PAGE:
UN Office for the Coordination of Humanitarian Affairs
SUDAN: Opposition leader reportedly arrested
NAIROBI, 31 Mar 2004 (IRIN) - Sudan's opposition leader, Hasan Abdullah al-Turabi, was arrested on Wednesday, three days after the government launched a crackdown on military officers whom it accused of plotting a coup, international news agencies reported.
According to the agencies, security officials arrested Turabi at about 01:30 local time. Turabi, the leader of the Popular National Congress party, had earlier told reporters that he feared he might be arrested on allegations of involvement in the purported coup attempt.
Contacted for comment, the press attache at the Sudanese embassy in the Kenyan capital, Nairobi, Neimad Bilal, told IRIN she had no information about the reported arrests.
A former ally of President Umar Hasan al-Bashir, who came to power in a 1989 military coup, Turabi fell out with the president and was detained in 2001. International news reports said Turabi's son, Isam, had visited him on Wednesday in a prison in the capital, Khartoum.
Meanwhile, eight UN human rights experts were quoted in a UN press release as saying on 26 March that they were "gravely concerned" by the scale of reported human rights abuses and the humanitarian crisis unfolding in the western region of Darfur.
The statement said the Fur, Masalit, Dajo, Tunjur, Tama and Zaghawah ethnic groups had been the principal targets of "systematic human rights violations" perpetrated mainly by "government-aligned militias such as the Janjawid, Murahilin and the Popular Defence Forces". It was being alleged, they said, that the government was "encouraging the actions of these militia" in order to effect the forcible displacement of these non-Arab communities of which, since February 2003, 750,000 had been internally displaced, while over 100,000 had fled to neighbouring Chad.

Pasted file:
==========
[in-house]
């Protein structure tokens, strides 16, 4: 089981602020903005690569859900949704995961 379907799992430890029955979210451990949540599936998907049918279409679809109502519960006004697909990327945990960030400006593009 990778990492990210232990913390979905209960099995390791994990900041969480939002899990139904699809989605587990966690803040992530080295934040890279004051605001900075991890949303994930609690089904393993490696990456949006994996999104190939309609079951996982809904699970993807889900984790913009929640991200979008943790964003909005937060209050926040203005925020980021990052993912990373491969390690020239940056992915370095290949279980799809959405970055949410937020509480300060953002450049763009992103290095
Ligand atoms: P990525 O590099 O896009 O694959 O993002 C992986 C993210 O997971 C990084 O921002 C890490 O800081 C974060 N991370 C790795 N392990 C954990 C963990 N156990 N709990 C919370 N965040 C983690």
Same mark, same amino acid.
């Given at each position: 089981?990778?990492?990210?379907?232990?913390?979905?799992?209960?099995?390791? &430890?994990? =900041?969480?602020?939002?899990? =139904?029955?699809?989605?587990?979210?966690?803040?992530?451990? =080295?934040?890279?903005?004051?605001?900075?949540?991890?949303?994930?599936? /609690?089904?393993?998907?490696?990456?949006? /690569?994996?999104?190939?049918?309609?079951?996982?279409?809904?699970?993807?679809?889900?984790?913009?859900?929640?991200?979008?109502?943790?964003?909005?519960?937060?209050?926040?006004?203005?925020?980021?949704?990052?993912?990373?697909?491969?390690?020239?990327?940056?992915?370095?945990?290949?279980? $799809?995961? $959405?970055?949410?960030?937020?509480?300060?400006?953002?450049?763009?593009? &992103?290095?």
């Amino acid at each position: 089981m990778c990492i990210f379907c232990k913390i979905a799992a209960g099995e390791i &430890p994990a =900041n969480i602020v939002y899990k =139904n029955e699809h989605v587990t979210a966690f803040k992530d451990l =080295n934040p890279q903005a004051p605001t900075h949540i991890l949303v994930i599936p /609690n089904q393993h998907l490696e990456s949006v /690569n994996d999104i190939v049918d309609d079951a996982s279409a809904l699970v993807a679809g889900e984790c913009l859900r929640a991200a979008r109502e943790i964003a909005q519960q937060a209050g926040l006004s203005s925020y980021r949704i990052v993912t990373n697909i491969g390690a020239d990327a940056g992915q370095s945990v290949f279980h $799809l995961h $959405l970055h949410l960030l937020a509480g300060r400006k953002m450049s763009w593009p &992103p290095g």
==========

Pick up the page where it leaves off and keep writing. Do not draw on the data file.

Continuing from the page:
The experts added that the situation had seriously deteriorated recently, with "scores of civilians being killed", and quoted information reporting that in attacks by militias on refugees and displaced people there had been "rape of women and girls, abduction of children, the burning of dozens of villages, looting and the destruction of livestock".
They called on all parties to the conflict to "respect the civilian populations", and affirmed "the absolute necessity of identifying the perpetrators and ensuring that they are held accountable in conformity with international standards".
This material comes to you via IRIN, a UN humanitarian information unit, but may not necessarily reflect the views of the United Nations or its agencies. If you re-print, copy, archive or re-post this item, please retain this credit and disclaimer. Quotations or extracts should include attribution to the original sources. All materials copyright © UN Office for the Coordination of Humanitarian Affairs 2004
|Join the GlobalSecurity.org mailing list|